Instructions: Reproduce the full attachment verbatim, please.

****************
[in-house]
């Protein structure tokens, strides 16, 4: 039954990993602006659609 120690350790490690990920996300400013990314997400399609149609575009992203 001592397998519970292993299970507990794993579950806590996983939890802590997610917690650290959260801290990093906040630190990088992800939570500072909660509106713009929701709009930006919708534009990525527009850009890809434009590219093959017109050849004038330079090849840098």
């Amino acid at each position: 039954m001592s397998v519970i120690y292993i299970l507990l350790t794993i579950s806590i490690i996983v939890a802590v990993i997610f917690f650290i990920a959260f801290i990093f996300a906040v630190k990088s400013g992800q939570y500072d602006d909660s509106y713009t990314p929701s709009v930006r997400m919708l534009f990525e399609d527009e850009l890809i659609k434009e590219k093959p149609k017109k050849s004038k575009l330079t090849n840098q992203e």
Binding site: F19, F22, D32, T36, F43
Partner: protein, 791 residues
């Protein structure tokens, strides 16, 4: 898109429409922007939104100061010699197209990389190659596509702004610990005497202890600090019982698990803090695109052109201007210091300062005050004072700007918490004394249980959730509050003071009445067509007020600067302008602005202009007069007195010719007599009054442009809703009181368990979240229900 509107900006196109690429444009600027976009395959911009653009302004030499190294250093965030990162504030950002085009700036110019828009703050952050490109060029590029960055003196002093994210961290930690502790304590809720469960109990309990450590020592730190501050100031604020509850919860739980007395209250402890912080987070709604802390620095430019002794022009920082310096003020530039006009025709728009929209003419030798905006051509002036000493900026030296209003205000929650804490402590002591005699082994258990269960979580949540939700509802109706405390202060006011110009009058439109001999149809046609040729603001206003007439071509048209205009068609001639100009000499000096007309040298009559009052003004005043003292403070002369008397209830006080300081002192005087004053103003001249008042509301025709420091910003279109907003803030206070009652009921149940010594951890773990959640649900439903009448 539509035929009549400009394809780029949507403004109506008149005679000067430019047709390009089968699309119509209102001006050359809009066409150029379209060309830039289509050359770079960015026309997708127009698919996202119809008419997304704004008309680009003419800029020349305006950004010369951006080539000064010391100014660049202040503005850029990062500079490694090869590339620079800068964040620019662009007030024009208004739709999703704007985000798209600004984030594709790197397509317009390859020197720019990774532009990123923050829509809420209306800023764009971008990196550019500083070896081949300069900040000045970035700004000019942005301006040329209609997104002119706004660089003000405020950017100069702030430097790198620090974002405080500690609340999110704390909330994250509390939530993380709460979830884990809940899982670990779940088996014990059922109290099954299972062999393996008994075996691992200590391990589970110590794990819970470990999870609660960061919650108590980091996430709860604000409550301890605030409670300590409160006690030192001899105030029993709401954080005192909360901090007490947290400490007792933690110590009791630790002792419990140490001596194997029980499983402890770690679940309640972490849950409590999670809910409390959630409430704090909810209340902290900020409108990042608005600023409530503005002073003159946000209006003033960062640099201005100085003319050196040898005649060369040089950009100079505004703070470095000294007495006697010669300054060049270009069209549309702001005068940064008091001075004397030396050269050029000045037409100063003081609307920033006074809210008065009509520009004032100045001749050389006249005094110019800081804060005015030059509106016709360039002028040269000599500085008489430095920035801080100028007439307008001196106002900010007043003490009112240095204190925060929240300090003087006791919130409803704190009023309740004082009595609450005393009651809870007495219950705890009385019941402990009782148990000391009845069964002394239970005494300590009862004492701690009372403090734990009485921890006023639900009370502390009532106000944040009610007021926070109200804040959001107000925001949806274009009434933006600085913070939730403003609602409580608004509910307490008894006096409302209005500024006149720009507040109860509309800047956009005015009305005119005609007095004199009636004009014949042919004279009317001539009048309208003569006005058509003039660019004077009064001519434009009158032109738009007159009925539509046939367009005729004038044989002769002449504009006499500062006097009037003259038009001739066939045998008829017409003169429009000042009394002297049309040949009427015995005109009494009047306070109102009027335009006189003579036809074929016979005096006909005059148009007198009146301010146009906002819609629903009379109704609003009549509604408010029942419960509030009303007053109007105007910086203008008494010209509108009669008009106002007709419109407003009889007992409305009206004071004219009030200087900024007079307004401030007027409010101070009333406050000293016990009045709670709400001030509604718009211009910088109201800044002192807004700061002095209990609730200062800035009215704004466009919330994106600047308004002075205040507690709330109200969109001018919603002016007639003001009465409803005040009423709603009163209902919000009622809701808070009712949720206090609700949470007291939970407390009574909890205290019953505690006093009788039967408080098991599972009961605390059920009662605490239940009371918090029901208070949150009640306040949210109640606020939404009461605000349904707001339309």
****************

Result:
[in-house]
């Protein structure tokens, strides 16, 4: 039954990993602006659609 120690350790490690990920996300400013990314997400399609149609575009992203 001592397998519970292993299970507990794993579950806590996983939890802590997610917690650290959260801290990093906040630190990088992800939570500072909660509106713009929701709009930006919708534009990525527009850009890809434009590219093959017109050849004038330079090849840098």
């Amino acid at each position: 039954m001592s397998v519970i120690y292993i299970l507990l350790t794993i579950s806590i490690i996983v939890a802590v990993i997610f917690f650290i990920a959260f801290i990093f996300a906040v630190k990088s400013g992800q939570y500072d602006d909660s509106y713009t990314p929701s709009v930006r997400m919708l534009f990525e399609d527009e850009l890809i659609k434009e590219k093959p149609k017109k050849s004038k575009l330079t090849n840098q992203e």
Binding site: F19, F22, D32, T36, F43
Partner: protein, 791 residues
């Protein structure tokens, strides 16, 4: 898109429409922007939104100061010699197209990389190659596509702004610990005497202890600090019982698990803090695109052109201007210091300062005050004072700007918490004394249980959730509050003071009445067509007020600067302008602005202009007069007195010719007599009054442009809703009181368990979240229900 509107900006196109690429444009600027976009395959911009653009302004030499190294250093965030990162504030950002085009700036110019828009703050952050490109060029590029960055003196002093994210961290930690502790304590809720469960109990309990450590020592730190501050100031604020509850919860739980007395209250402890912080987070709604802390620095430019002794022009920082310096003020530039006009025709728009929209003419030798905006051509002036000493900026030296209003205000929650804490402590002591005699082994258990269960979580949540939700509802109706405390202060006011110009009058439109001999149809046609040729603001206003007439071509048209205009068609001639100009000499000096007309040298009559009052003004005043003292403070002369008397209830006080300081002192005087004053103003001249008042509301025709420091910003279109907003803030206070009652009921149940010594951890773990959640649900439903009448 539509035929009549400009394809780029949507403004109506008149005679000067430019047709390009089968699309119509209102001006050359809009066409150029379209060309830039289509050359770079960015026309997708127009698919996202119809008419997304704004008309680009003419800029020349305006950004010369951006080539000064010391100014660049202040503005850029990062500079490694090869590339620079800068964040620019662009007030024009208004739709999703704007985000798209600004984030594709790197397509317009390859020197720019990774532009990123923050829509809420209306800023764009971008990196550019500083070896081949300069900040000045970035700004000019942005301006040329209609997104002119706004660089003000405020950017100069702030430097790198620090974002405080500690609340999110704390909330994250509390939530993380709460979830884990809940899982670990779940088996014990059922109290099954299972062999393996008994075996691992200590391990589970110590794990819970470990999870609660960061919650108590980091996430709860604000409550301890605030409670300590409160006690030192001899105030029993709401954080005192909360901090007490947290400490007792933690110590009791630790002792419990140490001596194997029980499983402890770690679940309640972490849950409590999670809910409390959630409430704090909810209340902290900020409108990042608005600023409530503005002073003159946000209006003033960062640099201005100085003319050196040898005649060369040089950009100079505004703070470095000294007495006697010669300054060049270009069209549309702001005068940064008091001075004397030396050269050029000045037409100063003081609307920033006074809210008065009509520009004032100045001749050389006249005094110019800081804060005015030059509106016709360039002028040269000599500085008489430095920035801080100028007439307008001196106002900010007043003490009112240095204190925060929240300090003087006791919130409803704190009023309740004082009595609450005393009651809870007495219950705890009385019941402990009782148990000391009845069964002394239970005494300590009862004492701690009372403090734990009485921890006023639900009370502390009532106000944040009610007021926070109200804040959001107000925001949806274009009434933006600085913070939730403003609602409580608004509910307490008894006096409302209005500024006149720009507040109860509309800047956009005015009305005119005609007095004199009636004009014949042919004279009317001539009048309208003569006005058509003039660019004077009064001519434009009158032109738009007159009925539509046939367009005729004038044989002769002449504009006499500062006097009037003259038009001739066939045998008829017409003169429009000042009394002297049309040949009427015995005109009494009047306070109102009027335009006189003579036809074929016979005096006909005059148009007198009146301010146009906002819609629903009379109704609003009549509604408010029942419960509030009303007053109007105007910086203008008494010209509108009669008009106002007709419109407003009889007992409305009206004071004219009030200087900024007079307004401030007027409010101070009333406050000293016990009045709670709400001030509604718009211009910088109201800044002192807004700061002095209990609730200062800035009215704004466009919330994106600047308004002075205040507690709330109200969109001018919603002016007639003001009465409803005040009423709603009163209902919000009622809701808070009712949720206090609700949470007291939970407390009574909890205290019953505690006093009788039967408080098991599972009961605390059920009662605490239940009371918090029901208070949150009640306040949210109640606020939404009461605000349904707001339309």